Demand For Mergers & Acquisitions Heats Up Dramatically

By Generational Equity


A recent article in Fortune magazine sums up what we have been experiencing at Generational since the middle of 2020: The demand for deals to acquire from buyers of businesses is at an all-time high and shows no signs of letting up. This is the data from a Fortune article entitled, “M&A Activity has Already Blown Past the $2 Trillion Mark in a Record-Breaking 2021”:

So far in 2021, global mergers and acquisitions have totaled a record $2.4 trillion, up 158% from the same period last year, according to a Refinitiv Deals Intelligence report out Wednesday. That marks the highest year-to-date total going back to 1980 when Refinitiv’s records began (the first quarter was also a banner few months for M&A).

“As the surging stock market continues to drive confidence, and interest rates remain at record lows making borrowing for acquisitions cheap, dealmaking continues at a dramatic pace,” Lucille Jones, a Deals Intelligence analyst at Refinitiv, wrote alongside the report.  At some firms, there has been anecdotal evidence to suggest this forward calendar [year] is out of control in terms of deal demand.

Our YTD data indicates another record year for Generational since the number of deals we have closed so far this year is up 55% over last year – and last year was a record for our firm as well!

So our data concurs with Fortune’s in that 2021 will most likely be a record year for M&A activity overall.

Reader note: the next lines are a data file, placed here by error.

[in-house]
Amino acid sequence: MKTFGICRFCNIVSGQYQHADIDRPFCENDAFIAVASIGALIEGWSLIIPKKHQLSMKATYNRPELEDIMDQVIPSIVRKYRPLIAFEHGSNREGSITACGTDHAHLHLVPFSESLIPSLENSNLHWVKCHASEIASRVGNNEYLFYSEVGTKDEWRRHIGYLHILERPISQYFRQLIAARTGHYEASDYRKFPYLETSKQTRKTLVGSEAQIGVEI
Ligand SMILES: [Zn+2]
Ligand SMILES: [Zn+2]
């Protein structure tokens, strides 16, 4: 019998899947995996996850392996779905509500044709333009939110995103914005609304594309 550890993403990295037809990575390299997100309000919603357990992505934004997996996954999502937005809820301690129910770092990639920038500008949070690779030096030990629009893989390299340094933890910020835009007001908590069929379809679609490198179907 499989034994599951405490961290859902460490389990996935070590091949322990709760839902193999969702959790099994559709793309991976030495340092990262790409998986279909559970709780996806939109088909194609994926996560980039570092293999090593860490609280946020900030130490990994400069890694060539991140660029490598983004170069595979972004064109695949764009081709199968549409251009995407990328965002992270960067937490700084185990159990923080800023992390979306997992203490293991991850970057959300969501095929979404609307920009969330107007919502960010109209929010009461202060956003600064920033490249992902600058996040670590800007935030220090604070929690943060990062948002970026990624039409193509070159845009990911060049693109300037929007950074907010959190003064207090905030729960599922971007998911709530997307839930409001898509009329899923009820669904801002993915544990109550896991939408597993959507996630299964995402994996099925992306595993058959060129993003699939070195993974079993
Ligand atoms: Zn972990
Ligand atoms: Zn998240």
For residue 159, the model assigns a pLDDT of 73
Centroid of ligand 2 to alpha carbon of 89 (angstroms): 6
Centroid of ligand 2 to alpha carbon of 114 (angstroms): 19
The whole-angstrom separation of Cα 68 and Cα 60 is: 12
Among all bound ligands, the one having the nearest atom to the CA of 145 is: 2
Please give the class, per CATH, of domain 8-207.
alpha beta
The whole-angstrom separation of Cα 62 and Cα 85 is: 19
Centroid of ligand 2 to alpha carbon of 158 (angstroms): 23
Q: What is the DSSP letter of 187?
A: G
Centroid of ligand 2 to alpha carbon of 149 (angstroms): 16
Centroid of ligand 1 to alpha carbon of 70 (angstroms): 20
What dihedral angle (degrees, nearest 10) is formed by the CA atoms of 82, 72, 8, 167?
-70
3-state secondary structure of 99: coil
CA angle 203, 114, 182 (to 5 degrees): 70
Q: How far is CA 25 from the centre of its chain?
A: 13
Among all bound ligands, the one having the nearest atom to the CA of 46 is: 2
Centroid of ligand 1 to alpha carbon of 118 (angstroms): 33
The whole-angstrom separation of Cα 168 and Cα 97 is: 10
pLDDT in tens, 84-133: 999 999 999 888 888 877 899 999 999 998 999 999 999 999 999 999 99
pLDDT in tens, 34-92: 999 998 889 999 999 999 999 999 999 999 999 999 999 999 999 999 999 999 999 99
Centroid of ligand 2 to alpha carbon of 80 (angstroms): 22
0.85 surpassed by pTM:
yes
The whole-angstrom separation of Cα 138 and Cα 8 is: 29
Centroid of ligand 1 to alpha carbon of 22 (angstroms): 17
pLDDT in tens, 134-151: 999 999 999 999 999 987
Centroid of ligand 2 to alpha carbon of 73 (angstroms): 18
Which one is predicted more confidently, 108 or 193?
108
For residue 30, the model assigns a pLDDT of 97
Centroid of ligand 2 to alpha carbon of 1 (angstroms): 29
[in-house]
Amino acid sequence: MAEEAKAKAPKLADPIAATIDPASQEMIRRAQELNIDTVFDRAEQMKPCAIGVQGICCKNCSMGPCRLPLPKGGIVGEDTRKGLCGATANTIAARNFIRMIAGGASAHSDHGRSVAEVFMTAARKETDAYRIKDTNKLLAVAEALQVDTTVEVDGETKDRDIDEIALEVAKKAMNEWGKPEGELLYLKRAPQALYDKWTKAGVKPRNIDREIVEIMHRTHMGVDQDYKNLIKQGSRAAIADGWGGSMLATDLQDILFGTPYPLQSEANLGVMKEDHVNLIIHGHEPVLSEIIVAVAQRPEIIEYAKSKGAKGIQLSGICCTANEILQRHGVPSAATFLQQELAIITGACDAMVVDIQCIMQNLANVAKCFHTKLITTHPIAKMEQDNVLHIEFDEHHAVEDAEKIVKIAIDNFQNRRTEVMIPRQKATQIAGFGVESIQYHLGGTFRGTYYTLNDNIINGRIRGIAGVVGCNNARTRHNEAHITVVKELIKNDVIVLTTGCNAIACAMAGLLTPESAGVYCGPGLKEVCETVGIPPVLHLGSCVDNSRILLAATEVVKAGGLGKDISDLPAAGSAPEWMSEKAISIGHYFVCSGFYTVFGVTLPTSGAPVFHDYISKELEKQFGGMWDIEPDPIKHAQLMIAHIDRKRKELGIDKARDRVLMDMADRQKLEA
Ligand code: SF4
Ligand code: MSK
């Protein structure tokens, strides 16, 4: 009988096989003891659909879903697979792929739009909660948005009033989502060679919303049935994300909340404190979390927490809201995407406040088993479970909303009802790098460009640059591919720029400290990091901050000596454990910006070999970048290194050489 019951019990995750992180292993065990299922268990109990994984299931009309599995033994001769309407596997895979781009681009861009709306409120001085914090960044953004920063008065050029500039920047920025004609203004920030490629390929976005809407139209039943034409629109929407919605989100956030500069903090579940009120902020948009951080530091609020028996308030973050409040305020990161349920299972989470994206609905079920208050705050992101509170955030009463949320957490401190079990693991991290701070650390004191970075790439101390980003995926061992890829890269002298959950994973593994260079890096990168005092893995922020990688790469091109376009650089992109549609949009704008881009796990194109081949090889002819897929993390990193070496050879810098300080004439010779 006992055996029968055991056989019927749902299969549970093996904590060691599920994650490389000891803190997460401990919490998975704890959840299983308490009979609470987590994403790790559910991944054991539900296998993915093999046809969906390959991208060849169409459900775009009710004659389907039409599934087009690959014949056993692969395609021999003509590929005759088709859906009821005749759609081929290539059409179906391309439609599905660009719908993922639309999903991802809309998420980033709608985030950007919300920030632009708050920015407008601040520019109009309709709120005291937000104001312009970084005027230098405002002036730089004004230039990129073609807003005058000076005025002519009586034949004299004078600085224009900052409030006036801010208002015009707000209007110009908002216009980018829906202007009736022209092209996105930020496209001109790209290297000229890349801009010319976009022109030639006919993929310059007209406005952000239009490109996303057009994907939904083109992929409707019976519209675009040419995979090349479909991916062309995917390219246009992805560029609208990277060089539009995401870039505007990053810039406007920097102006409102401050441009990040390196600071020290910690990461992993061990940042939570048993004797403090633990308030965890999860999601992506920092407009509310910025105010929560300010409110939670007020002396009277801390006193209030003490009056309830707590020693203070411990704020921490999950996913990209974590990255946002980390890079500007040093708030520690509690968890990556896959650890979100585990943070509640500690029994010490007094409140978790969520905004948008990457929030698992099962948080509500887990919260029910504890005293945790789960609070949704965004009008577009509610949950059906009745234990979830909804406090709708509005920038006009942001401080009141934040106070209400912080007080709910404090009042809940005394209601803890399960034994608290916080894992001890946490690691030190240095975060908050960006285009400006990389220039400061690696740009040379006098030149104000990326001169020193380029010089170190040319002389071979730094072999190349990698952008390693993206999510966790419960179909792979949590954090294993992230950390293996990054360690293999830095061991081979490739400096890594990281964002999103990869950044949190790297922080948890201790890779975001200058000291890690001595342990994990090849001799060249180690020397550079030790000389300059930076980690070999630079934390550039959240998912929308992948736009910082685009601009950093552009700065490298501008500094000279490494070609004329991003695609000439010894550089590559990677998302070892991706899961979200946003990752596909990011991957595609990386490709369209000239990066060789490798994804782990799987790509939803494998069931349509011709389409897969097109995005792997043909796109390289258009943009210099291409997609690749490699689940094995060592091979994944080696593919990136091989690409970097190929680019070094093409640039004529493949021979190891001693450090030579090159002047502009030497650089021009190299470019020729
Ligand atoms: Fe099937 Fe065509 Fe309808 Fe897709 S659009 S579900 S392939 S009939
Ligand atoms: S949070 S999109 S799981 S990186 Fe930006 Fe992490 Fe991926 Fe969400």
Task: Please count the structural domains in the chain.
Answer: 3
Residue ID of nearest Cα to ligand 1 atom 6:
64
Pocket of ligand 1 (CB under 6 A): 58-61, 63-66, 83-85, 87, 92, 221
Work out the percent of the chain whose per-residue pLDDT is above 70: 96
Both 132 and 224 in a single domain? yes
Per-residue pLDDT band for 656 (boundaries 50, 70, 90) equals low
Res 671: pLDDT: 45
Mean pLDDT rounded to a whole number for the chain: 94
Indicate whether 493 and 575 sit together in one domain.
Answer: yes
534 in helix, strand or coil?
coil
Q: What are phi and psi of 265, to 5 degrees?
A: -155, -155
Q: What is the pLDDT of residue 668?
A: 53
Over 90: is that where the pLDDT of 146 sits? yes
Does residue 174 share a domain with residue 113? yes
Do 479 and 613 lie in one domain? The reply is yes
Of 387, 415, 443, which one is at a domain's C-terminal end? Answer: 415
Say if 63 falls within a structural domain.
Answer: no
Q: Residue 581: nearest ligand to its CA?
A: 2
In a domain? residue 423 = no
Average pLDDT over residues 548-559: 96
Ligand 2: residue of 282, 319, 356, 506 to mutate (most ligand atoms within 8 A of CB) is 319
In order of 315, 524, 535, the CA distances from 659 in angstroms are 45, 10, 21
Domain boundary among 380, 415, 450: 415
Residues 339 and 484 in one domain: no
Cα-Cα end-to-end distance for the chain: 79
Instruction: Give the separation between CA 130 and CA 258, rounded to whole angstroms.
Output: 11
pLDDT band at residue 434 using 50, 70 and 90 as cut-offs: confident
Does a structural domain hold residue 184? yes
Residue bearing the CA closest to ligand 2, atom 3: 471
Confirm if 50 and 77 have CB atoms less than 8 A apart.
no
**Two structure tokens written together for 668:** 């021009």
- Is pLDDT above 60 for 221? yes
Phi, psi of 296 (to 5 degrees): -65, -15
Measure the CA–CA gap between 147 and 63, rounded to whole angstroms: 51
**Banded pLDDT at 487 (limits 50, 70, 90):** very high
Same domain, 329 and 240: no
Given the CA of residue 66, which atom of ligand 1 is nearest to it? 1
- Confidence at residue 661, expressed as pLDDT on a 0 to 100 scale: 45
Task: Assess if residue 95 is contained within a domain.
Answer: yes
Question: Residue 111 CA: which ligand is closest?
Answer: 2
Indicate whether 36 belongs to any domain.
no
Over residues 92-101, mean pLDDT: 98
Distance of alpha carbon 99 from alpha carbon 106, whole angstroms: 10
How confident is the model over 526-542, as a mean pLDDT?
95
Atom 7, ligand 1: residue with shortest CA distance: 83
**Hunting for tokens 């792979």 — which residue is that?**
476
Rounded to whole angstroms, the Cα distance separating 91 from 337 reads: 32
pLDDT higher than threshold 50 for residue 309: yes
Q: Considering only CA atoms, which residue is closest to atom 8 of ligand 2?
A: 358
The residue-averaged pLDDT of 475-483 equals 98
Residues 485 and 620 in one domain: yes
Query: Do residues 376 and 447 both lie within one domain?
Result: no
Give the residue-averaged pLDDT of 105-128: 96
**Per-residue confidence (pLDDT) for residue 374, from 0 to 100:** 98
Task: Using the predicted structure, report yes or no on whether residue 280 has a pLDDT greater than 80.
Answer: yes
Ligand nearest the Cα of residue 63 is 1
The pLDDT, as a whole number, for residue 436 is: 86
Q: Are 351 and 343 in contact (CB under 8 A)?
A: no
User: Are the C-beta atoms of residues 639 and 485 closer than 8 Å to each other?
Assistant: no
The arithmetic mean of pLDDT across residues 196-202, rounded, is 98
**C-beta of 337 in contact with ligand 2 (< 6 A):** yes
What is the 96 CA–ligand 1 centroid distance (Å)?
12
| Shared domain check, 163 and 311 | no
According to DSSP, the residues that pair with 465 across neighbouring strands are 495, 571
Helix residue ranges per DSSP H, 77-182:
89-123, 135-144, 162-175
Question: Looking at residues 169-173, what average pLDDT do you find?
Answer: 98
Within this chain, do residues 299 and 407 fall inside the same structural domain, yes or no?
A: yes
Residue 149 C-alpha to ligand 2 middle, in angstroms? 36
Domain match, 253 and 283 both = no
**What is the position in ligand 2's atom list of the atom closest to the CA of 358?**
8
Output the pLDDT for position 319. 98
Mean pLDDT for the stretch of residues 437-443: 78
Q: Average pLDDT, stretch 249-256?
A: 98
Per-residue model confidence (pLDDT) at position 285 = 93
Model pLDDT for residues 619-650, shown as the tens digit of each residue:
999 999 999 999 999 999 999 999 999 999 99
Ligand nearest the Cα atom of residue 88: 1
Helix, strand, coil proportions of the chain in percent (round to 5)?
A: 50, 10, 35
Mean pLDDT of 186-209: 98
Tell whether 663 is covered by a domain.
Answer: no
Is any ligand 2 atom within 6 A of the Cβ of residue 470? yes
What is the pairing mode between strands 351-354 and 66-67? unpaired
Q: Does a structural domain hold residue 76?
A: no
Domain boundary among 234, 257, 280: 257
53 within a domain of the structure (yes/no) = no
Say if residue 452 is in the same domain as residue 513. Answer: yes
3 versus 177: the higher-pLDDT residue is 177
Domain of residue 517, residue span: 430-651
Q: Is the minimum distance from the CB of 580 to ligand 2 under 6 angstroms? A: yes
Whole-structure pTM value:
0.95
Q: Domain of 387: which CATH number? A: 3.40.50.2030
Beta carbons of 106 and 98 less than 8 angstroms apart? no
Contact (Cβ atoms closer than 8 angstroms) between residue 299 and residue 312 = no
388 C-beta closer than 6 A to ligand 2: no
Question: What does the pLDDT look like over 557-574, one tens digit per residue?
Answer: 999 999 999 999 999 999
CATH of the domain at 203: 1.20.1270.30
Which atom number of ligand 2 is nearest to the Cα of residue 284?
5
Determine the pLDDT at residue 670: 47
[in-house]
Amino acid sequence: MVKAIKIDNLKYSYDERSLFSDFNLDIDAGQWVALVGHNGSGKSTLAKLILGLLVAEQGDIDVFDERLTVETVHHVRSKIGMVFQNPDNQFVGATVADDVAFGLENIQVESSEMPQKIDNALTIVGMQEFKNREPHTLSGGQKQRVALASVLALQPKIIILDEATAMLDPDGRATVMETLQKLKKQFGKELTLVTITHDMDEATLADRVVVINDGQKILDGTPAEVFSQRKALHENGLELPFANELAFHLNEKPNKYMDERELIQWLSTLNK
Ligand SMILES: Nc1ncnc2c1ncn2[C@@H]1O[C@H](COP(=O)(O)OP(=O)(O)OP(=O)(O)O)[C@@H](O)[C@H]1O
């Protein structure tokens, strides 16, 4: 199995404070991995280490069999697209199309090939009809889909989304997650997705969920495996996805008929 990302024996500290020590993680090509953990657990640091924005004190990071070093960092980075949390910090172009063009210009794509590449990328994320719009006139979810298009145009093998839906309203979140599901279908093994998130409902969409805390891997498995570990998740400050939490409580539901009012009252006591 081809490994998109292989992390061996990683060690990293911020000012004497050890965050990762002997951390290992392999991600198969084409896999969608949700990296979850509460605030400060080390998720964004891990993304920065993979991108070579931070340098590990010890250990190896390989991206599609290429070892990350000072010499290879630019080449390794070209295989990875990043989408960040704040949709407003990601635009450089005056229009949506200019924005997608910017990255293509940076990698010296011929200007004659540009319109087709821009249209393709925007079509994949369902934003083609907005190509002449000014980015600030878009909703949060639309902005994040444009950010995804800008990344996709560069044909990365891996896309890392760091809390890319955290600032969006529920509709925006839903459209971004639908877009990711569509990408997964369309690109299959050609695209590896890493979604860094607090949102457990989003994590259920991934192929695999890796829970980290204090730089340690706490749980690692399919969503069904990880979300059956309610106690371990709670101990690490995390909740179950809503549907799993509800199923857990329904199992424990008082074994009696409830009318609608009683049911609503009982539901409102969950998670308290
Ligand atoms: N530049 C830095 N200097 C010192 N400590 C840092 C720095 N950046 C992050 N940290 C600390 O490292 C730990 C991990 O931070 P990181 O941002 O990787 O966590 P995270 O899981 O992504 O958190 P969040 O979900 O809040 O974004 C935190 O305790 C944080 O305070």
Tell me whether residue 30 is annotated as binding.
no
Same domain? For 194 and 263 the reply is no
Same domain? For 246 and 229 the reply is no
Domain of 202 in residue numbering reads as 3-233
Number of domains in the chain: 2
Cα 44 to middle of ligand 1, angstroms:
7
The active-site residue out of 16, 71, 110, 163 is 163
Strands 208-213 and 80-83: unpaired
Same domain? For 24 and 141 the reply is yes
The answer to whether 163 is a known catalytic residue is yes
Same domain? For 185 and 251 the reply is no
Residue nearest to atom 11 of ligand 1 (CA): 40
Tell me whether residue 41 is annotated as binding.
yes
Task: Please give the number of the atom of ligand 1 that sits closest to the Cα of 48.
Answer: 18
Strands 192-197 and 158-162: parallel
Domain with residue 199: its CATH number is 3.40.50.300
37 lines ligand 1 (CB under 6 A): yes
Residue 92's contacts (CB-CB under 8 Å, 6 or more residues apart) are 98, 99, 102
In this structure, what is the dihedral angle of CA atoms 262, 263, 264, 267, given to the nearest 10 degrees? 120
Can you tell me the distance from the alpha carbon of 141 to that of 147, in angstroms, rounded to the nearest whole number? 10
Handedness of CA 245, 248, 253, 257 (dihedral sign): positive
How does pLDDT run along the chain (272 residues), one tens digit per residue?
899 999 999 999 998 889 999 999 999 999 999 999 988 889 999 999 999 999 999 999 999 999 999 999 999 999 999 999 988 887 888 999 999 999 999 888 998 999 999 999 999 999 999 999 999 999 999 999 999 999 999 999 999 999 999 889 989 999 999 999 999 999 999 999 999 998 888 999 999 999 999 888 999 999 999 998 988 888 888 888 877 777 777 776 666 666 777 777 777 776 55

The key question you need to ask is this: What could slow this seller’s market down? The second paragraph in the quote above mentions “confidence” and one major factor that can water that confidence down: Interest rates. As we mentioned in our post on 8.2.21:

Federal Reserve officials signaled they expect to raise interest rates by late 2023, sooner than they anticipated in March, as the economy recovers rapidly from the effects of the pandemic and inflation heats up. Their median projection showed they see lifting their benchmark rate to 0.6% from near zero by the end of 2023. In March they had expected to hold it steady through that year. The Fed’s change in tone and new forecasts were “a wake-up call to the market” about the central bank’s likely response to higher inflation.

Since nearly every transaction has some portion of the purchase price financed, interest rates can play a key factor in impacting the time it takes to get deals done and the number of buyers that are actively in the market at any given time. Given the fact that inflation is rearing its ugly head in nearly every facet of the economy right now, it is plausible to assume that the Fed may act even sooner to raise rates.

So if you own a company today, and are even contemplating an exit in the next few years, the time is ripe for you to learn as much as you can about the importance of timing in an exit strategy. A great place to start is at a Generational Growth and Exit Strategy Conference. Even if you have been to one before, trends change rapidly and the more knowledge you can gain today will only help you going forward. Here are some helpful links to get you started:

Carl Doerksen is the Director of Corporate Development at Generational Equity.

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